Last year ICO promoters focused on how to get around the SEC by calling their offering a “utility token” maintaining it was not a security. As I’ve written before the SEC views tokens for what one can do with them, rather than how the promoter intended them to be used. The SEC appears to have won the battle against startups who didn’t want to register their token as most ICOs I see today are now doing so. That means we’re right back where we began – in Reg D land. It’s déjà vu, all over again.
Most ICOs I’ve encountered are running a Reg D offering as the accredited investors are familiar with it but some ICOs are turning to other security offering methods such as CF (crowdfunding), Reg A+ (which lets you raise up to $50M), and others.
The token sale is now a funding stage just like raising a seed round from an angel or a series A from a venture investor. The token sale is no longer the solo shot to raise funding for your company.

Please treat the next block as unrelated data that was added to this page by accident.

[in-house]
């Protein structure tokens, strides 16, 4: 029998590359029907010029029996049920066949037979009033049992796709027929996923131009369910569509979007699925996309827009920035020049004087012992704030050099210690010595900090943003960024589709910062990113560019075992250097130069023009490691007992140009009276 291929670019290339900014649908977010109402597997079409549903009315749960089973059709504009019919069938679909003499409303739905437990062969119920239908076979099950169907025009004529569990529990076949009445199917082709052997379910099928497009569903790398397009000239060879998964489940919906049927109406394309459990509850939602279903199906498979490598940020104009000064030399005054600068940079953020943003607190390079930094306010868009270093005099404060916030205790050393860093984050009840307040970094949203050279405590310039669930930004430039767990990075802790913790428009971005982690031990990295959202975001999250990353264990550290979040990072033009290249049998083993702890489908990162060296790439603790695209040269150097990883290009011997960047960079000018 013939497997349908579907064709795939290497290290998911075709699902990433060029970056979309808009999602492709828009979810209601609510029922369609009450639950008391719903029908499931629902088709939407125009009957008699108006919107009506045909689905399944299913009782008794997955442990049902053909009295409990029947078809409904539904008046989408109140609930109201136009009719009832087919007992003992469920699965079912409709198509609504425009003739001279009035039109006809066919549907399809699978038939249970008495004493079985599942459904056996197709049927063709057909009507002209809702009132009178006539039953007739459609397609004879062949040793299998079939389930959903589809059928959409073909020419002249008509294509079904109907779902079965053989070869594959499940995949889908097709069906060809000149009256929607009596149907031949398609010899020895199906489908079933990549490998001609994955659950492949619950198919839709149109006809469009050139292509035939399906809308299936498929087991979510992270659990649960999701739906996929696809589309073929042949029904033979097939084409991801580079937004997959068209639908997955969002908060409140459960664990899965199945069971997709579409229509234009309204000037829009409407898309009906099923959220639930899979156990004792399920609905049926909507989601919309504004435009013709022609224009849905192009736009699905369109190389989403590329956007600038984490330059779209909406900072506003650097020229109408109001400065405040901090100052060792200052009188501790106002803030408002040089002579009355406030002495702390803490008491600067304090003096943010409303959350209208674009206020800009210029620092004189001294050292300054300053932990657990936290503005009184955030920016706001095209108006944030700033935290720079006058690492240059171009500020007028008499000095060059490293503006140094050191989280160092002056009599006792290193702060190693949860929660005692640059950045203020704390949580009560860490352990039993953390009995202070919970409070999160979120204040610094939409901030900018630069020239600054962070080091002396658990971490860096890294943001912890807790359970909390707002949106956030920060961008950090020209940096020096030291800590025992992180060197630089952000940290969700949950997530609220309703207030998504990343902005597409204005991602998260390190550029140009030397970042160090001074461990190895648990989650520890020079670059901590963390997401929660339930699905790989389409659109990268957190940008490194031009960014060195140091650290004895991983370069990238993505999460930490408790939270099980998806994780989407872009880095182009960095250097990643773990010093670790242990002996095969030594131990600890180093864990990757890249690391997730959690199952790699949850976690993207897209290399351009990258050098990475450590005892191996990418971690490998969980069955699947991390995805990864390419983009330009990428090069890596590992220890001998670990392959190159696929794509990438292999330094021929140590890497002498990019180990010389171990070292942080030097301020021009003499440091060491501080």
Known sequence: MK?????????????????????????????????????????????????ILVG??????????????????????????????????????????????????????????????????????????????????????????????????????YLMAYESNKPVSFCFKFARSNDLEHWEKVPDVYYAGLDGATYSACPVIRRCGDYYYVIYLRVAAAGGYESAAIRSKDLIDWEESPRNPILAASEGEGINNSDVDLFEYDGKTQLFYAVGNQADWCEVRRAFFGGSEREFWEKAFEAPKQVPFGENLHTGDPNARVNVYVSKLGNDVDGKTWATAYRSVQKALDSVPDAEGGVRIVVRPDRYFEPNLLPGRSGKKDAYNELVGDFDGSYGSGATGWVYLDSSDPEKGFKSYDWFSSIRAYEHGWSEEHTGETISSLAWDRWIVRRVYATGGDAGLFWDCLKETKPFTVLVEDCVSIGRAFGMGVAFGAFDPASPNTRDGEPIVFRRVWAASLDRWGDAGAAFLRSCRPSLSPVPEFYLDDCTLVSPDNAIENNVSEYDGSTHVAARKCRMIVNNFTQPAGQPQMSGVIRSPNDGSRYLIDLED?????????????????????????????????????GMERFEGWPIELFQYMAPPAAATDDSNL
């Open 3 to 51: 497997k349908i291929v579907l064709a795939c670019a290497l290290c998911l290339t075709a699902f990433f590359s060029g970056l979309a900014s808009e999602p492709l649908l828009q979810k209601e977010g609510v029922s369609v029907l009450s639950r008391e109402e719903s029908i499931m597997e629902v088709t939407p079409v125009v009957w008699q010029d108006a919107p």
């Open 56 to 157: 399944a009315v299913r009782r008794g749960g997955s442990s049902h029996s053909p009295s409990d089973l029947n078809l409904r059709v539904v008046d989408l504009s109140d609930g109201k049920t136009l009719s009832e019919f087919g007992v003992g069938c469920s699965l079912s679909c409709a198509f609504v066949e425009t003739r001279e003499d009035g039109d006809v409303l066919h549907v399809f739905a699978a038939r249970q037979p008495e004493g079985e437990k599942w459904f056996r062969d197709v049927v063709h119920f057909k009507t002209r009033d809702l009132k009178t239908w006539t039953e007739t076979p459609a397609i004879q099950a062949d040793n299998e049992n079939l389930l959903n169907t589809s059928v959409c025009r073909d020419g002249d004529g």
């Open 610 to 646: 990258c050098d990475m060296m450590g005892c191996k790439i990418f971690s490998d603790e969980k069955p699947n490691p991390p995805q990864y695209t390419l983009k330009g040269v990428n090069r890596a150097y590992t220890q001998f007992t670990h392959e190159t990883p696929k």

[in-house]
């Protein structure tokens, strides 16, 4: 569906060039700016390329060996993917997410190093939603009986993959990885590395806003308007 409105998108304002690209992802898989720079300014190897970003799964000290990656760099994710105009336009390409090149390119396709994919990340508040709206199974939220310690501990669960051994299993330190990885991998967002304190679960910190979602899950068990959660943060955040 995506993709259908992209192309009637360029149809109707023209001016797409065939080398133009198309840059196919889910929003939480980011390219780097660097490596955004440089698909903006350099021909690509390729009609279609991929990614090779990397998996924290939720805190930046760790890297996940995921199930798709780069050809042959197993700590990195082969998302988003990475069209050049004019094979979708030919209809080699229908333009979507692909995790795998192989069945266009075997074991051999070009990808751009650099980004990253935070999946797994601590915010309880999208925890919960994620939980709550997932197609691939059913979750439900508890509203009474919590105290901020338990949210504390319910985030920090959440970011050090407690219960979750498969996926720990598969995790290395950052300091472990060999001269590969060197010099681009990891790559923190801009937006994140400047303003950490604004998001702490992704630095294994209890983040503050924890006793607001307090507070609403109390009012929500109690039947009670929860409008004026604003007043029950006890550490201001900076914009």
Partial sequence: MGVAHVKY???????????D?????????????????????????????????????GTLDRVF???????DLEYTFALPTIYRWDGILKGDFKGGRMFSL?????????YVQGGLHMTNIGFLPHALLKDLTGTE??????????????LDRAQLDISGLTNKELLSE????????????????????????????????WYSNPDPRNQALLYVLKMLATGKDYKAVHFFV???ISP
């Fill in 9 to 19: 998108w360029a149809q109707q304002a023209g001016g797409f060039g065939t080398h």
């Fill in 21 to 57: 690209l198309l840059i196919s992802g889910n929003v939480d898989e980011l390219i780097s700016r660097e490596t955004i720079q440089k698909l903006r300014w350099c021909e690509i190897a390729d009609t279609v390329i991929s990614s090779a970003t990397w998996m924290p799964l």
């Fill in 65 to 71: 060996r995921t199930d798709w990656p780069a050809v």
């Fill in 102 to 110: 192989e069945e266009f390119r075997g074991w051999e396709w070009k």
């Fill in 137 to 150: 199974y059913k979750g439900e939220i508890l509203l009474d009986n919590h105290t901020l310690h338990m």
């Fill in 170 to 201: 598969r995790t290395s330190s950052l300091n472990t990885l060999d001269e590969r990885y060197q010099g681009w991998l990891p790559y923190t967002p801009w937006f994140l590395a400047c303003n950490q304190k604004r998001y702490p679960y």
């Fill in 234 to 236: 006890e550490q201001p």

For most ICOs, the promoters raise a pre-ICO round of $500K to build out the MVP and the basic tokenomics. Then in a private sale the promoters raise funding from accredited investors to establish the platform and prepare for the token crowd-sale. For the private sale, promoters offer a 30% to 50% discount off the tokens. As the private sale winds down with a diminishing discount, the promoters prepare for a crowd-sale of their token to the general market.
The token sale is one more tool for the fundraise toolbox.
Hall T. Martin is the founder of TEN Capital and a builder of entrepreneur ecosystems by startup funding through angel networks, funding portals, syndicates, and more Connect with him about fundraising, business growth, and emerging technologies